Win a copy of Rugby’s Greatest Mavericks

Rugby’s Greatest Mavericks looks at 20 players from 11 countries whose individuality could not be missed. Published by Y Lolfa, Luke Upton’s book charts the stories of men and women who left their mark. At the foot of this article, enter our competition to win one of six copies.

“A maverick is not just someone who goes against the grain but is a player who genuinely wants to do something different,” writes David Campese in the foreword.

“The mavericks that inspired me were the Ella brothers. I remember playing an exhibition match with Mark. We had a scrum in our 22 and he simply said ‘Look for me’ and we traded passes all the way down the pitch to the try-line.”

The term originates from a 19th-century Texan cattle rancher, Samuel Maverick, who refused to brand his cows.

Danny Cipriani

Danny Cipriani in Barbarians action last November (Getty)

The first chapter looks at Danny Cipriani, described as arguably the most talented player of his generation despite a modest haul of 16 caps.

Sir Clive Woodward said if he’d had to choose between Cipriani and Jonny Wilkinson during his time in charge of England, he would have had a very big headache.

Finn Russell, the best man to unpick a rush defence according to Ronan O’Gara, and Sergio Parisse, nearing the end of a magnificent career, are the only other current players to feature. The earliest subject is Alexander Obolensky, the Russian prince who starred briefly for England in 1936 before meeting a tragic end in a flying accident.

Some of the chosen mavericks endured depression and alcoholism, even drug addiction in the case of Dai Bishop and the late James Small. Christophe Dominici reached breaking point after a series of major setbacks and tragedies in his life. Such was his mental stress that he couldn’t sleep and in 2000 he was put into an induced coma having stayed awake for 25 days.

All Black Zinzan Brooke qualifies as a maverick just for attempting his remarkable World Cup semi-final drop-goal against England, let alone nailing it. The inclusion of Jean-Pierre Rives and David Pocock owes much to the way they forged reputations in art and politics.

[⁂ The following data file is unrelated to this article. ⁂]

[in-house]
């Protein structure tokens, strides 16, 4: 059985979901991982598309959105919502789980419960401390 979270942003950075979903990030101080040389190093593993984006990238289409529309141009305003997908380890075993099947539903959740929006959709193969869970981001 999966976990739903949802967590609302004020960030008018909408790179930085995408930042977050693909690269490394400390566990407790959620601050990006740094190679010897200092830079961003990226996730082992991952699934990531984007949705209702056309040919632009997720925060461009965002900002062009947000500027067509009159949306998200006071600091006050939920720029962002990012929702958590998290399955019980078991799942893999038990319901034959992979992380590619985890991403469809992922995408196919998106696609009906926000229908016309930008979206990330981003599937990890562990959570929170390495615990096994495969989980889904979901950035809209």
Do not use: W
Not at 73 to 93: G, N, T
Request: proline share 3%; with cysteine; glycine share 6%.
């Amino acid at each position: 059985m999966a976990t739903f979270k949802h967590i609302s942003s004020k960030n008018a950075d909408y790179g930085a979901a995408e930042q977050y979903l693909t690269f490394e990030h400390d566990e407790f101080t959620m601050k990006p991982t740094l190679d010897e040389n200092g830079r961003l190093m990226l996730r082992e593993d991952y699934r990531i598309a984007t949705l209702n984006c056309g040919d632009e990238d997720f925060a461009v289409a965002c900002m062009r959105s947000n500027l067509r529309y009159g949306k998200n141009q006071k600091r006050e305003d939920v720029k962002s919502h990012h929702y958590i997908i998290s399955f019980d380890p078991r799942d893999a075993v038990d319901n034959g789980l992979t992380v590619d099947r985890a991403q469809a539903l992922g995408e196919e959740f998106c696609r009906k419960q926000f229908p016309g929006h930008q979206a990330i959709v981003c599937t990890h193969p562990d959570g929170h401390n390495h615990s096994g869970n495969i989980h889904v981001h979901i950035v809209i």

Watch Zinzan Brooke’s amazing drop-goal below…

Some of the player profiles are based on published material, others are supplemented by fresh interviews. The author speaks to Heather Moyse and Non Evans, to Joel Stransky about Small and to Donal Lenihan about Moss Keane.

Who’s the maverick above all others? There is no attempt to rank the 20 but certainly Campese would take some beating. Once described by Tony Ward as like Pele and Maradona rolled into one, the Wallaby legend has never given two hoots about diplomacy and protocol.

Win a copy of Rugby's Greatest Mavericks

Typically, the Australian uses his foreword to bemoan what he sees as a lack of flair and too much coaching in modern rugby. “But the worst invention in world rugby is the academy,” he adds. “They’re run by people who were never that good at playing rugby and they just churn out boring players who can’t think for themselves.”

Campese will never be sitting on any fences!


Rugby’s Greatest Mavericks by Luke Upton is published by Y Lolfa, RRP £12.99.

We also have six copies to give away, courtesy of Y Lolfa. For a chance to win a copy of Rugby’s Greatest Mavericks, just answer the question below and fill in your details. The competition closes on Wednesday 19 April.

Competition question pic

David Campese (right) and Nick Farr-Jones lift the Webb Ellis Cup – but what year was this? (Inpho)

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